I have been a landlord and it went well. I rented to a friend of a friend, someone who wasn’t close to either of us but I got a recommendation of very high reliability and that was true. The rent was paid reliably for 8 years and I addressed all the problems remotely. I only stopped because I moved back to the area. The renter knew well ahead of time, and had always known that it was dependent on my being away. In my case I didn’t make money on the rent, but I have more equity in the home. If I were to consider having a rental for an investment I would consider…
      In Canada a rental mortgage can only have the interest deducted. I ‘lost’ money in taxes because I had paid off a lot of the home, whereas if I had bought the home more recently and was paying more in interest then I would have deducted more.
      When you sell a home here, you pay capital gains on the price increase. So if you buy it for $100k and sell it for $150k then you pay tax on $25k (capital gains is essentially ‘paying half the tax’). This won’t matter as much if you have a lower retirement income.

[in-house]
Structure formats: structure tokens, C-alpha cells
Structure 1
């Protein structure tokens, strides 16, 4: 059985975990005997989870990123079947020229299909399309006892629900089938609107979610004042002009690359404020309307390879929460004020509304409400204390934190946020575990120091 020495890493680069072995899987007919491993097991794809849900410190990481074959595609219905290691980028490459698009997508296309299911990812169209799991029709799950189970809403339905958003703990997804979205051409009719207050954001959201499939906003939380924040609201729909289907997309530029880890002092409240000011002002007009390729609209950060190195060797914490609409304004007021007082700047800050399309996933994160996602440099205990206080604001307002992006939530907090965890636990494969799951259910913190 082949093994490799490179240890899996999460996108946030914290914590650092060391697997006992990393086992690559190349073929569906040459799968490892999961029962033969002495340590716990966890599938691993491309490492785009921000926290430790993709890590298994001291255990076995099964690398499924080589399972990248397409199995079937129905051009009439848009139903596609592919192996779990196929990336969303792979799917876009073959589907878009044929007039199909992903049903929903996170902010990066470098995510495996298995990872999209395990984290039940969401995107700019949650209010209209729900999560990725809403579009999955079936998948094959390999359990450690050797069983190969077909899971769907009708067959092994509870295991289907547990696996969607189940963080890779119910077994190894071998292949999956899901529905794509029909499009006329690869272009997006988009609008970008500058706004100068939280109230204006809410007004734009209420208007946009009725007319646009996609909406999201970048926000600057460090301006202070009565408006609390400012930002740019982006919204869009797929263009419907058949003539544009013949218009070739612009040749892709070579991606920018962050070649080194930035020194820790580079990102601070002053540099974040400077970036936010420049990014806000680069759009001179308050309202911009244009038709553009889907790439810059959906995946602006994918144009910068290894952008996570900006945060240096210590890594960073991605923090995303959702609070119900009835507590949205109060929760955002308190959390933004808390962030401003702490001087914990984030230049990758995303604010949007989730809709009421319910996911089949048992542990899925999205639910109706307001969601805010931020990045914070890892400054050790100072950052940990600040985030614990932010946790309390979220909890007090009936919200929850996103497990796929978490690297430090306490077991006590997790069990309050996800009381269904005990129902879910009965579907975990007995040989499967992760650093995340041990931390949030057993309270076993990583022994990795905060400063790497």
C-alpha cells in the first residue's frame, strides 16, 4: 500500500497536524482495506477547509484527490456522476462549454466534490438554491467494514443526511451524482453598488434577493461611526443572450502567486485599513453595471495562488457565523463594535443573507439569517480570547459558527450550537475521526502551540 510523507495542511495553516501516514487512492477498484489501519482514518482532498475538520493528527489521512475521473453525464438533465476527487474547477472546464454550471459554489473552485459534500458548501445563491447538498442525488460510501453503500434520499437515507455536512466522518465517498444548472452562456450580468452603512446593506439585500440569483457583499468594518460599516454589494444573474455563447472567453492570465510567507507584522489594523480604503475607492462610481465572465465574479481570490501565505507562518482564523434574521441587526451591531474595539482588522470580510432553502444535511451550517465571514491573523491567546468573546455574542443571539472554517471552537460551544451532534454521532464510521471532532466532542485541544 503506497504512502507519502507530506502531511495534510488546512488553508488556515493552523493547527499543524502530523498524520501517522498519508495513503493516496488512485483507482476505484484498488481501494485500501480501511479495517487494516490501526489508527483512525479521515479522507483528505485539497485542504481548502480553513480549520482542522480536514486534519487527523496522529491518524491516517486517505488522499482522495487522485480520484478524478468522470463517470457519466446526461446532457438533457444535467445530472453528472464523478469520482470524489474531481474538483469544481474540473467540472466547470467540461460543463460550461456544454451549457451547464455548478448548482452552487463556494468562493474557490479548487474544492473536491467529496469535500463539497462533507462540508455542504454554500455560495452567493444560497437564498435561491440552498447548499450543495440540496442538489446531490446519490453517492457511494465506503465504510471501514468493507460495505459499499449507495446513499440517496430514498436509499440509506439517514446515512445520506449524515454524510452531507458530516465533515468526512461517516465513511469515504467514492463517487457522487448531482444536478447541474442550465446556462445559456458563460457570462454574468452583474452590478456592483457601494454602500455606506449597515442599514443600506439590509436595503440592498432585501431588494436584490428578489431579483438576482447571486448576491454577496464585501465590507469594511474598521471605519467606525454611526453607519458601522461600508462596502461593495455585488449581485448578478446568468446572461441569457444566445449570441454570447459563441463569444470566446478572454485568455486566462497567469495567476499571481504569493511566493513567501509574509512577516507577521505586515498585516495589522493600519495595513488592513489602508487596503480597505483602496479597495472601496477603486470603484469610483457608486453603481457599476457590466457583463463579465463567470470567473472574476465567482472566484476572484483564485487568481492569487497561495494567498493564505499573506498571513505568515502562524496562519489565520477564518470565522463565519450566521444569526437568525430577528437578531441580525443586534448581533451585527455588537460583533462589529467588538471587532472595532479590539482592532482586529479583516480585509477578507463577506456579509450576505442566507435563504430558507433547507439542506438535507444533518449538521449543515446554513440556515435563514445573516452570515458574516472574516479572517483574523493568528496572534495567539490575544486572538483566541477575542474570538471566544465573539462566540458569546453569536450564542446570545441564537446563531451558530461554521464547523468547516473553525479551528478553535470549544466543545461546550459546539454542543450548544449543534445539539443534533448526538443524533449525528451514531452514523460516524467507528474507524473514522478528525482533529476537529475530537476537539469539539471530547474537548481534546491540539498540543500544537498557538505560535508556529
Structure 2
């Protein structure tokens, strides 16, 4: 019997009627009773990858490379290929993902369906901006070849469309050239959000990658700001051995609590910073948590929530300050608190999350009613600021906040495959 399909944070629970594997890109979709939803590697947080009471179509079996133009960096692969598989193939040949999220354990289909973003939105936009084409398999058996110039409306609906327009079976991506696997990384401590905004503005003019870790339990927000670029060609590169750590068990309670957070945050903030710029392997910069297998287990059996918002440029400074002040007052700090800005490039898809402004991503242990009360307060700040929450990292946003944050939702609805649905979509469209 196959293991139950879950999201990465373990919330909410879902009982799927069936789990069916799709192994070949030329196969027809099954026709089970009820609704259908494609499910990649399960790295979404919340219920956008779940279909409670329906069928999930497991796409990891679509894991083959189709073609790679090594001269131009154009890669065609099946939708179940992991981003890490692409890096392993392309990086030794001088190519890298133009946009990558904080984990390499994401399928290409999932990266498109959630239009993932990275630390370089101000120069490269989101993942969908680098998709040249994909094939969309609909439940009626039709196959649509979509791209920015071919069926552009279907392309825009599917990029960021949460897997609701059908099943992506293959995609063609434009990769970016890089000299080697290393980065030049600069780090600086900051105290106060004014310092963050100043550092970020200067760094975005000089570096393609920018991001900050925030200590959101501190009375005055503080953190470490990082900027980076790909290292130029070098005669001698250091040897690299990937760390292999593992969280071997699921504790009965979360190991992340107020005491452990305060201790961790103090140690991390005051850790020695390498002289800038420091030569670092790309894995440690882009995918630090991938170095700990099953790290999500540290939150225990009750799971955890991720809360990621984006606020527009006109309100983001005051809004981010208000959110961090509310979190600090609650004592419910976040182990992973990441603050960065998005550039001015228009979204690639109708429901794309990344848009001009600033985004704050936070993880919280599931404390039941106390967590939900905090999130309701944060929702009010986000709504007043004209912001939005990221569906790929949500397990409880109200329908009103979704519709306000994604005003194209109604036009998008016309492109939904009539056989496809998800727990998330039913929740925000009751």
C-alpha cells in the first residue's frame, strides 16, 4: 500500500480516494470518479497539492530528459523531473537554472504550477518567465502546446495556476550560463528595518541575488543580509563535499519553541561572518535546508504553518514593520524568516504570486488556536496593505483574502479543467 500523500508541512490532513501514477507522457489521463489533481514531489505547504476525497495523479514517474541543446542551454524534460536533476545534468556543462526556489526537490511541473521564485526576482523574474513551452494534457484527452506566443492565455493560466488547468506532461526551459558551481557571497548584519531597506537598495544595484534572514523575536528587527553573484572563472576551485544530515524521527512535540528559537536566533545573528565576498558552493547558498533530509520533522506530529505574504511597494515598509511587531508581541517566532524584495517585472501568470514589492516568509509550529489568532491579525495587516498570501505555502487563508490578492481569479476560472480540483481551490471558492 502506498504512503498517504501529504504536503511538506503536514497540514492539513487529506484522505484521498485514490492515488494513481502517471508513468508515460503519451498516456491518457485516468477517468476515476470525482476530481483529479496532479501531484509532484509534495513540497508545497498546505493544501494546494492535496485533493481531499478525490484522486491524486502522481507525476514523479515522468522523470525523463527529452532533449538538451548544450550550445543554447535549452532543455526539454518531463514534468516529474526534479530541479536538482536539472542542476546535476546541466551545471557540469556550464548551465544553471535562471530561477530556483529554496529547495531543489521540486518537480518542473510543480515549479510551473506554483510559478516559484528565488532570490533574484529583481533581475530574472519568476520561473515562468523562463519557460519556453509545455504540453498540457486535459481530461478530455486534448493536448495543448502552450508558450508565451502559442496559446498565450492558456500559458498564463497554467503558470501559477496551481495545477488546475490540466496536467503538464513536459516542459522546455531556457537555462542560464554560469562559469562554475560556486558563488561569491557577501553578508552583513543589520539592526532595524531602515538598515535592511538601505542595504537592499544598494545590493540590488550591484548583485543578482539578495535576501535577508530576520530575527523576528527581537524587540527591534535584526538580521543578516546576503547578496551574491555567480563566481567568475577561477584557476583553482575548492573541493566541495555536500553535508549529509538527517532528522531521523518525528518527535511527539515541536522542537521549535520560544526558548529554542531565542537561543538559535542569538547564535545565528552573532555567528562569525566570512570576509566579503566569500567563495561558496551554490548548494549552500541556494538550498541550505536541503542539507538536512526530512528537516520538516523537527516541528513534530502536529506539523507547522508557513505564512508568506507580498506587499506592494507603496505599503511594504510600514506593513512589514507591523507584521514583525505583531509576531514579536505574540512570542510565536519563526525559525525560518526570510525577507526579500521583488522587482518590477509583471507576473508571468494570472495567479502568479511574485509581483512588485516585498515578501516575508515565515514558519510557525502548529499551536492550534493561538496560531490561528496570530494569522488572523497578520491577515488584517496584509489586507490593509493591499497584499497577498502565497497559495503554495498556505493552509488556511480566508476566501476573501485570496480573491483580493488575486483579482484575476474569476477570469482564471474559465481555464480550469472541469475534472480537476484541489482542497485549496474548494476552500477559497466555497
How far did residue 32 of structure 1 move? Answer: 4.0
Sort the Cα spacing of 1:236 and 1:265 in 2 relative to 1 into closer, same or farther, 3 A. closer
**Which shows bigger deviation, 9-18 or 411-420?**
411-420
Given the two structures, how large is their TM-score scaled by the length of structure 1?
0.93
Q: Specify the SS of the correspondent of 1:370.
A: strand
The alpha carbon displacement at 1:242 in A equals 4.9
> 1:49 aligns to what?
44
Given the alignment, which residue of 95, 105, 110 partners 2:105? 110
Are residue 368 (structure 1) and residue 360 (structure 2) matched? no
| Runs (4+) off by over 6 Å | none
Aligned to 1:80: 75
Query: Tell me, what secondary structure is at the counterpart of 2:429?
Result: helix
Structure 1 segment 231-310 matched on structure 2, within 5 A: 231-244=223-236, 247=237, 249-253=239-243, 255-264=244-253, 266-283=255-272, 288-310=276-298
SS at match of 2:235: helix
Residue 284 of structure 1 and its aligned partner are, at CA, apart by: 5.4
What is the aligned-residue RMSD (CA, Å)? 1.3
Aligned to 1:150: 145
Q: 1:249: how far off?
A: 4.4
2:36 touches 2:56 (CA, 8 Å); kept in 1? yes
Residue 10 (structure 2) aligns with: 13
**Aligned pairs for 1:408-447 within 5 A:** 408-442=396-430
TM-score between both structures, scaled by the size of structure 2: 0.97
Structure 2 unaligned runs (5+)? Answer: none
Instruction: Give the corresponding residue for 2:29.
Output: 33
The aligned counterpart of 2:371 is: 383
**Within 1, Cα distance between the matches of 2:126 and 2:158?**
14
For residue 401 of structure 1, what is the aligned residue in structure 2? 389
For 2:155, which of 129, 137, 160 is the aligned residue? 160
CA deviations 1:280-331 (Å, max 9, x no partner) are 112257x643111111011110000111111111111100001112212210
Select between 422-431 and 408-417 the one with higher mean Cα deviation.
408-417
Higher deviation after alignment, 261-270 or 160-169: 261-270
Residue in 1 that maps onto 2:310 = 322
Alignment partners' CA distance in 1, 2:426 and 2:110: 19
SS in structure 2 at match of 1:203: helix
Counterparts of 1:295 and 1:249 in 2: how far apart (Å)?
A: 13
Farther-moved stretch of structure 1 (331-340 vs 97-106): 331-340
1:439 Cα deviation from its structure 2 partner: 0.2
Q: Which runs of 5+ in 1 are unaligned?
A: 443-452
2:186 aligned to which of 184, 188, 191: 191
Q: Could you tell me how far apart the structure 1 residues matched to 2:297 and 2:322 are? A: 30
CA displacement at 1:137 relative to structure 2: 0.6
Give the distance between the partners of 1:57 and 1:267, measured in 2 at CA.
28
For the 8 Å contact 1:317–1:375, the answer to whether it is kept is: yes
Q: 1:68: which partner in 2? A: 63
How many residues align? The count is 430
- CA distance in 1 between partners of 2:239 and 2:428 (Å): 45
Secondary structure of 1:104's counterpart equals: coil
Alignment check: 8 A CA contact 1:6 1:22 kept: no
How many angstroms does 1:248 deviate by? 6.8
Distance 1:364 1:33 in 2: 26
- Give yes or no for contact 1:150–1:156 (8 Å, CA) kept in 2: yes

Most important, what is the rent:buying ratio in your location. Do the numbers to see what is worthwhile. Assume you buy a home for $100k, and pay 20% downpayment to avoid mortgage insurance. That $80k mortgage will be $13k in principle and $7500 in interest for 5 years (quick online calculator). So $350 monthly, of which $125 is interest and can be deducted. City taxes here would be $100/month for that house, and those can also be deducted. You can also deduct repairs.
      Say you charge $725 + utilities. Of that $725, you deduct $100 + $125, so you would have to pay income taxes on $500. I had a regular job, so I paid high enough taxes (say $200) and that left me $300 to pay the $225 principle. So I had $75 each month to pay for repairs, and it took my time. In my case the benefit was having a home to return to, and I would have been better off if I had a retirement income.